April 2009 | Volume 1, Issue 2
The Big Picture? Cost Drives Everything
Looking at D&O and Professional Liability Insurance
By Teresa Zink
Some sobering statistics: Insurer costs are likely to exceed $4.5 billion in 2009 on sub-prime claims alone; legal costs associated with the Madoff scandal could top $1 billion with a conservative estimate of $50 billion in investor losses; year end reports show some insurers paid out more in claims in 2008 than they took in; and many commentators believe this is just the tip of the iceberg.
Paul Wojcicki of Segal McCambridge Singer & Mahoney in Chicago gave these statistics during a panel discussion on professional liability insurance issues at a January conference on the FDIC and the New Banking Crisis presented by HB Litigation Conferences.
Wojcicki, who primarily represents insurers, said cost is a major driving force in much of what is happening in the industry. “Why do we go out and obtain these types of insurance? It’s because of the extraordinarily high costs of defending against the allegations of corporate wrongdoing,” Wojcicki said.
Anticipation of an upsurge in criminal prosecutions paired with the very real desire of companies “to go out and fulfill their indemnification obligation so they can, in fact, attract competent, qualified people to serve as directors,” brings issues surrounding professional liability coverage into sharp focus.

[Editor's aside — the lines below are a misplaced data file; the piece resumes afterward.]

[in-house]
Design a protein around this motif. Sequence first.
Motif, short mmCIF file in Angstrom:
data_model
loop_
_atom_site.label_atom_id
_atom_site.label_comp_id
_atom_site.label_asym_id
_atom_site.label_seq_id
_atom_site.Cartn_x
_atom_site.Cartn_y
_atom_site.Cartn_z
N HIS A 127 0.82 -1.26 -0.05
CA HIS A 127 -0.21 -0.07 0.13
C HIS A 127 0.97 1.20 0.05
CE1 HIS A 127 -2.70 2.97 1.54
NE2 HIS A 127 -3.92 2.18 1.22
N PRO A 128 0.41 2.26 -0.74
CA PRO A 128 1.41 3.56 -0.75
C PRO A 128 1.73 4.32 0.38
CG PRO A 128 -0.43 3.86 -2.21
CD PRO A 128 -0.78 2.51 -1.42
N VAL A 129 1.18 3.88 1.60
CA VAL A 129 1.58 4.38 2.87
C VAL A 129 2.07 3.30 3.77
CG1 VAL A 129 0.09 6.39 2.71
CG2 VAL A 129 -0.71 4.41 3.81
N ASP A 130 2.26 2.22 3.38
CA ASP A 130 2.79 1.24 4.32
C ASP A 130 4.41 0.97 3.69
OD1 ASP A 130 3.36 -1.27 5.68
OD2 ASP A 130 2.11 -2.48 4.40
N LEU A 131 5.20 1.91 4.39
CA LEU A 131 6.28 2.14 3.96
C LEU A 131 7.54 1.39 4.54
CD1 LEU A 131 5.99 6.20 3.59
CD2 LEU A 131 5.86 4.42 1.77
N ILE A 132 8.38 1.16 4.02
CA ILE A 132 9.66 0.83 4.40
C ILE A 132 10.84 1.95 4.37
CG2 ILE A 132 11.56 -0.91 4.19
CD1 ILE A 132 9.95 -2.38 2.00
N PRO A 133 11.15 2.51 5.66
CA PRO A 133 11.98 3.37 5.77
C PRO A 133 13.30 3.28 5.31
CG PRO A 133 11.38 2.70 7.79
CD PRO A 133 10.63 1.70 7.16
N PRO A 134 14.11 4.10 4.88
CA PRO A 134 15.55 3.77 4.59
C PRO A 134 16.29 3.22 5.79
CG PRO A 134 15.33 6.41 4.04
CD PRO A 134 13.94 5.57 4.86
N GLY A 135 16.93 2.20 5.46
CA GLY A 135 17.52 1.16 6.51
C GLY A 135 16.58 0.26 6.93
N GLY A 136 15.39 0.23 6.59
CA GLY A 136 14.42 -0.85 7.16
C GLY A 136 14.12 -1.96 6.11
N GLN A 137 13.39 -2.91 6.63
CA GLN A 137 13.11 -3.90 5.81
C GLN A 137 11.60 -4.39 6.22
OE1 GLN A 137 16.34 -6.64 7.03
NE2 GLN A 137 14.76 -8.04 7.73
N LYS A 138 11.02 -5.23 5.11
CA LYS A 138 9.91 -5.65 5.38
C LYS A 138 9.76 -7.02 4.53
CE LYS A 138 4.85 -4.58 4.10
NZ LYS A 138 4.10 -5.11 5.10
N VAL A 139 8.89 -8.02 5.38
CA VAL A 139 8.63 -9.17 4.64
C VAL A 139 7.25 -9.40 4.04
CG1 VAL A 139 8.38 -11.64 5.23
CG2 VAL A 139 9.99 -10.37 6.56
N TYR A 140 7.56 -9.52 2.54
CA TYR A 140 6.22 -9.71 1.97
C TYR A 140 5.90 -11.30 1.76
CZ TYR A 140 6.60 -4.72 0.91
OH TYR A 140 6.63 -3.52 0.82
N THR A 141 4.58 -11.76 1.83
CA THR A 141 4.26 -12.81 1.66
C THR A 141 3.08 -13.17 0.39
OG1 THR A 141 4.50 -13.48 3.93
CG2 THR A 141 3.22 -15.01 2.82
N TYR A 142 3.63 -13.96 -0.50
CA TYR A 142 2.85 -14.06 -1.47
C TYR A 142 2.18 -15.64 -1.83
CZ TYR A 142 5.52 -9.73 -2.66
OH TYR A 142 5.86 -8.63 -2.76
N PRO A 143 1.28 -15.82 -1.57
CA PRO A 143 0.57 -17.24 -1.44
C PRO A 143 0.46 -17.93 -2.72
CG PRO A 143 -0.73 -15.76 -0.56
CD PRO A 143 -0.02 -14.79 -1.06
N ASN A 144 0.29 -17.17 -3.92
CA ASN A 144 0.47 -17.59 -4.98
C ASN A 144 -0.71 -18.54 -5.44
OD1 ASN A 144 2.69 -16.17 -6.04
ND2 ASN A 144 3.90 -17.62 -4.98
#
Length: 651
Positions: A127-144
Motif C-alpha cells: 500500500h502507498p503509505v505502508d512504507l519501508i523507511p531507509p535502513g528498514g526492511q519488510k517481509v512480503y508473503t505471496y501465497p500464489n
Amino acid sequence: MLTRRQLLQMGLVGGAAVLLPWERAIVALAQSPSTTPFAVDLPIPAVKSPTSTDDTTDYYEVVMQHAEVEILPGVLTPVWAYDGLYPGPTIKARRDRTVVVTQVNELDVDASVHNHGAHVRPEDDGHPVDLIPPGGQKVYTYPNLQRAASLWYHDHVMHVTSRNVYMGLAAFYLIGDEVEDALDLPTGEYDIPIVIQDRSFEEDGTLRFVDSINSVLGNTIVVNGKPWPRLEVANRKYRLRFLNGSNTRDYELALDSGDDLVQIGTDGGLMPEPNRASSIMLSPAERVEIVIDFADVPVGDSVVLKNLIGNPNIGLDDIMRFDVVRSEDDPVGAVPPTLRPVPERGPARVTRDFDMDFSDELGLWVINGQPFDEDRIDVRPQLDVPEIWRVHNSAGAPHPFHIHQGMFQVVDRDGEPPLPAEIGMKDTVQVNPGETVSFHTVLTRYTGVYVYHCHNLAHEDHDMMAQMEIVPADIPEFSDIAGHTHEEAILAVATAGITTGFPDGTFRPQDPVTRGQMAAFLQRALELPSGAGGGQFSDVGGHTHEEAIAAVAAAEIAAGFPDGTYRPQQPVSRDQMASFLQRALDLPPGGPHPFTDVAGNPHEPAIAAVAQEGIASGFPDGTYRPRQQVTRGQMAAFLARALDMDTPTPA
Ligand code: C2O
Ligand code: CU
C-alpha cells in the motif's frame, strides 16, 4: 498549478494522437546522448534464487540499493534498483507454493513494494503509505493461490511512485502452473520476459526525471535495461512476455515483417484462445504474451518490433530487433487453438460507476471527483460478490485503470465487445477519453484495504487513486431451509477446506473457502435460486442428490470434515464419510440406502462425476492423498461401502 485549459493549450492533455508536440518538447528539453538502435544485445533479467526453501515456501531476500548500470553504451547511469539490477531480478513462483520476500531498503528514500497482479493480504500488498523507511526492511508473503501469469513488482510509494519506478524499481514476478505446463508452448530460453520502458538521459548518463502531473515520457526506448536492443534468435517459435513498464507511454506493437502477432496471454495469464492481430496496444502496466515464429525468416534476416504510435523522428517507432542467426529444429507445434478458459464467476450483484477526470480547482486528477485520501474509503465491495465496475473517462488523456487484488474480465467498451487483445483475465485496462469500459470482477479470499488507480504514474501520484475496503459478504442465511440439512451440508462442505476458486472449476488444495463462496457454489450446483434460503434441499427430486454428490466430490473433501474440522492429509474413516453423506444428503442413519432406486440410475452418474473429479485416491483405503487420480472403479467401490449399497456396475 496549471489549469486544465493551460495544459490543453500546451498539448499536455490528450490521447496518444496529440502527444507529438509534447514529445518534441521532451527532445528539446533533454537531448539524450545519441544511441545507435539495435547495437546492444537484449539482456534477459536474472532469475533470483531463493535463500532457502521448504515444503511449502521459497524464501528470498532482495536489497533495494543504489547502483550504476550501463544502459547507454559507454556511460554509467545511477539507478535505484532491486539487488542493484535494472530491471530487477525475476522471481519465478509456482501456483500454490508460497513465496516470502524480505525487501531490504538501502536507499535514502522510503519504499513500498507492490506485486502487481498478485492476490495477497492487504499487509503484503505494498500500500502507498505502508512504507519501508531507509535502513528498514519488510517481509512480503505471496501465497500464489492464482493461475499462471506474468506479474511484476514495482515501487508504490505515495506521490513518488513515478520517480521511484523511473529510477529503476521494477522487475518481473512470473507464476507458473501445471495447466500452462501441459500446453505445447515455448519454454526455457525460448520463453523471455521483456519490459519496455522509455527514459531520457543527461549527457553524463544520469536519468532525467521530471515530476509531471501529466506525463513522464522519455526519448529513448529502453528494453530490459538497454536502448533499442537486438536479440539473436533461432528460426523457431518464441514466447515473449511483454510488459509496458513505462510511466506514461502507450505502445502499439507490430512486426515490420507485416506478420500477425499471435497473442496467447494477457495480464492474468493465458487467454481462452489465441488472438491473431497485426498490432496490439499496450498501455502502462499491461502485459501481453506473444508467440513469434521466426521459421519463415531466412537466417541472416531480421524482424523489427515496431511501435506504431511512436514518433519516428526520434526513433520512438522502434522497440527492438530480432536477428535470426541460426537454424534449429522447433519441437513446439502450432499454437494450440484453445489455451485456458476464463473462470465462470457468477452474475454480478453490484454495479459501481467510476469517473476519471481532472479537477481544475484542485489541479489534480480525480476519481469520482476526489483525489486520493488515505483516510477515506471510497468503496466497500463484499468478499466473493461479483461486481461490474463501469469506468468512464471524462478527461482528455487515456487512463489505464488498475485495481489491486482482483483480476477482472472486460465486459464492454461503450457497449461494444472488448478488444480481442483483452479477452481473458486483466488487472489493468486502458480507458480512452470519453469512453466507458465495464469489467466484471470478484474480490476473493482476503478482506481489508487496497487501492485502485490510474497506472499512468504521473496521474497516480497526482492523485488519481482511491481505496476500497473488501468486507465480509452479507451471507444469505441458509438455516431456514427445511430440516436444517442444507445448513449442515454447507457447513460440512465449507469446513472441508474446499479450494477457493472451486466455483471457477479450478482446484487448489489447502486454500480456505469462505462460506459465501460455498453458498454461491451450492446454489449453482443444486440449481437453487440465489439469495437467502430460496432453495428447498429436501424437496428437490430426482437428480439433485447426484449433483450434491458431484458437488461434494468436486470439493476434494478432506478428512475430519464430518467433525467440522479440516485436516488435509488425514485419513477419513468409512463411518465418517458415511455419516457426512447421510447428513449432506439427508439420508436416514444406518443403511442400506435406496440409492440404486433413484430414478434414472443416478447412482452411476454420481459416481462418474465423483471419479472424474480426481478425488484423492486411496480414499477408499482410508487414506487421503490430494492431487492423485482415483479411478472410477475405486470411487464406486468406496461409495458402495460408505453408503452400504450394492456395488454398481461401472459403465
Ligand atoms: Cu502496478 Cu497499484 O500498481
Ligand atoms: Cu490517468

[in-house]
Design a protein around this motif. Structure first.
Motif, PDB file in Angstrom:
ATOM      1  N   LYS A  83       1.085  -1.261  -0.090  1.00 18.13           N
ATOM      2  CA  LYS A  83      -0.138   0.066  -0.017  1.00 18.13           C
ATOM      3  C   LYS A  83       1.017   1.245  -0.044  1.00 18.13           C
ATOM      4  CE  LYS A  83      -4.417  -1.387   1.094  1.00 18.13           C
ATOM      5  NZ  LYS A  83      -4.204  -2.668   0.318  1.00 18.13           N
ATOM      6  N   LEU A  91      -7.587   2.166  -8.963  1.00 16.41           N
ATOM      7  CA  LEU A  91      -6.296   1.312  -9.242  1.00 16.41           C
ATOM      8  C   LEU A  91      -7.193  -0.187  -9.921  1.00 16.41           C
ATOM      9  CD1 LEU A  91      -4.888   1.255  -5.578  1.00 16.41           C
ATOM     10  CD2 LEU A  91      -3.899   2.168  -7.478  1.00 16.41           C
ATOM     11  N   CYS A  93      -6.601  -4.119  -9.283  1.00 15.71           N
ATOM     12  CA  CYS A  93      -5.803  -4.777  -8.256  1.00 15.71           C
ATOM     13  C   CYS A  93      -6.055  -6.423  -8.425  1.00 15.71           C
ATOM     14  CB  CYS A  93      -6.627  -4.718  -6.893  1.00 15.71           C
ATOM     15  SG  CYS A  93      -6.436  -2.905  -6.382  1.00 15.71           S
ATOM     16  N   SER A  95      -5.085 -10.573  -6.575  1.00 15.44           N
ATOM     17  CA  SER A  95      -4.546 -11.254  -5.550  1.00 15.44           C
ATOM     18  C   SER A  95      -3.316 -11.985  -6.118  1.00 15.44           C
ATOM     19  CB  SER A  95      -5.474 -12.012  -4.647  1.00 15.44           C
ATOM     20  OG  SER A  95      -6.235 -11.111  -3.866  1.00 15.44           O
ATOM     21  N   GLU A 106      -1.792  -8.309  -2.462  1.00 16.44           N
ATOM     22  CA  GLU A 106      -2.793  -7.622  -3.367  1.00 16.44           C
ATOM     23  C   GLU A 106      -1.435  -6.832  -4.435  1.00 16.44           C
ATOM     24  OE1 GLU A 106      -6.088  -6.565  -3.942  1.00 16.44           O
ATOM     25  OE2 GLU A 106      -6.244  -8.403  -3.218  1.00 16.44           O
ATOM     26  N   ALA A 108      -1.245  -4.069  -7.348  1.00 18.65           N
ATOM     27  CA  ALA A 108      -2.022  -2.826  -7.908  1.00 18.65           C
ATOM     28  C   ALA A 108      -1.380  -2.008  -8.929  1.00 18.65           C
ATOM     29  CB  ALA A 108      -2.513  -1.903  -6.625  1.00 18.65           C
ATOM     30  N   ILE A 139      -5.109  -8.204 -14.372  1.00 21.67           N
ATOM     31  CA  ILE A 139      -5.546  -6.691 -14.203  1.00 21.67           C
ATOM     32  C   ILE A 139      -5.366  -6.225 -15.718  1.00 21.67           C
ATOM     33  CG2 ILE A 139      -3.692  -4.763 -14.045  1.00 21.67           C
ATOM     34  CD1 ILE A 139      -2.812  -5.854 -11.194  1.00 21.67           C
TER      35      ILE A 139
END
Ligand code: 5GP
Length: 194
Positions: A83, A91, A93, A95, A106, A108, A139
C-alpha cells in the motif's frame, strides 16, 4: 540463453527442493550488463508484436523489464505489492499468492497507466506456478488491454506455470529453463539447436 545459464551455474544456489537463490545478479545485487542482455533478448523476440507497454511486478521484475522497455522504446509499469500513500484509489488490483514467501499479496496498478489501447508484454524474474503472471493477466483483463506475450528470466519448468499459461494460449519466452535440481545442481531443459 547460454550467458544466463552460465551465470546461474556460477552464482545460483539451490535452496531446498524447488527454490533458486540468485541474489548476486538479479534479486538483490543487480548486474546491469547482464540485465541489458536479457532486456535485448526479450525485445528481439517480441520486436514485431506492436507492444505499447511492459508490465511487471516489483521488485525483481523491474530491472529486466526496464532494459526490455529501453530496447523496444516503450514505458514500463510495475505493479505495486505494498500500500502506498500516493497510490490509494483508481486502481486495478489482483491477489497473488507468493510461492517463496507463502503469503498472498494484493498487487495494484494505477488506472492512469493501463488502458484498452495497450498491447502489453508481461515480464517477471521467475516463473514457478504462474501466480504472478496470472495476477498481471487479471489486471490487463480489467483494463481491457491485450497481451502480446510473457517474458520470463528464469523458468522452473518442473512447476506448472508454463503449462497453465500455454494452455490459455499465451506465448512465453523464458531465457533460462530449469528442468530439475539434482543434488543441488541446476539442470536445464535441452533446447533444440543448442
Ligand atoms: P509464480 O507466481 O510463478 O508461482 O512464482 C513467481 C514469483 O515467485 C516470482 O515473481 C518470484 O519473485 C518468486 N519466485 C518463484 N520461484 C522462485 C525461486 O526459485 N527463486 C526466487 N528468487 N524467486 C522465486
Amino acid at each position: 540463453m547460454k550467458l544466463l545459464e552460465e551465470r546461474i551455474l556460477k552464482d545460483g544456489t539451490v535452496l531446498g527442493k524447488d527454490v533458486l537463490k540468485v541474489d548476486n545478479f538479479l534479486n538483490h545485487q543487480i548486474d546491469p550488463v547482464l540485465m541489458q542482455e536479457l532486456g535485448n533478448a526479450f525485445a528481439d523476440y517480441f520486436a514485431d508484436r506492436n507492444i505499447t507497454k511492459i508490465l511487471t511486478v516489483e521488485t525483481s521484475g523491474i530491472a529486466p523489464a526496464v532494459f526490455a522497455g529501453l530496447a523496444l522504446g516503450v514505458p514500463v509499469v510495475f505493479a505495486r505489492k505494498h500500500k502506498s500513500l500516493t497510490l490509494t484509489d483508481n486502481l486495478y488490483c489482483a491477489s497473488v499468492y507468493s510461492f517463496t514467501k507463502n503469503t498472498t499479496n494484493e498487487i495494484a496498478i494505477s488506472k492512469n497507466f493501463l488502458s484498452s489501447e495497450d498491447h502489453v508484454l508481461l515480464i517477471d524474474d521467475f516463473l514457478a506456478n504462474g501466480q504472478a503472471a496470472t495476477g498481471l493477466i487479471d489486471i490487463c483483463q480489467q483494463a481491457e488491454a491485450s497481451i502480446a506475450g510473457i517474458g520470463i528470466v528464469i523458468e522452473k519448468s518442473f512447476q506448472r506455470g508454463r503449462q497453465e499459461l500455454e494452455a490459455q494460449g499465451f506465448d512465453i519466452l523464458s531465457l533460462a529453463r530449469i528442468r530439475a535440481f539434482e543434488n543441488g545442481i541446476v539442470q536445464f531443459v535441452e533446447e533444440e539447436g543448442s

The high cost of an investigation, criminal indictments, even the threat of indictment can “disable or ruin a company,” Wojcicki noted. “The fact that an investigation is ongoing, can require the company to spend incredible amounts of money to try to avoid being indicted in the first place.”
According to Wojcicki, “Now we’re in the midst of a litigation surge. Where is it coming from? I think we’re hearing about these things daily in the news…we see the credit crisis continuing, the lack of liquidity out there, the sub-prime mortgage cliff continuing to claim more and more victims, and to result in more and more lawsuits. I think we’re only beginning to see the fallout on the Madoff situation.” While it seems like the bulk of the upsurge is focused on the financial sector, he noted that litigation is also up significantly in other areas.
Wojcicki said there may be some relief in the revised guidelines recently set out by the U.S. Department of Justice seeking to “tone down Federal prosecutors in the way that they approach dealing with corporate criminal investigations.” However, he predicts an increase in white-collar investigations and indictments at least in the near term.
What is a Claim?
From an insurance perspective, Wojcicki said, one of the key factors is “whether being the subject of criminal proceedings is a claim and whether that’s likely to be covered under your policy. It’s been an evolving definition.”
Wojcicki noted that “One of the things that separates D&O and E&O coverage from some other types of coverage, is the fact that it’s not as standardized. The policy language is not as standardized as in a lot of other areas. There is actually room for either discussion or negotiation; there certainly is inter-company variability in the terms of the policies used. So, obviously, looking at the language of the policy and really understanding it is critical, no matter what side you’re on, but particularly if you’re the subject of an investigation.”
Looking Forward, Looking Back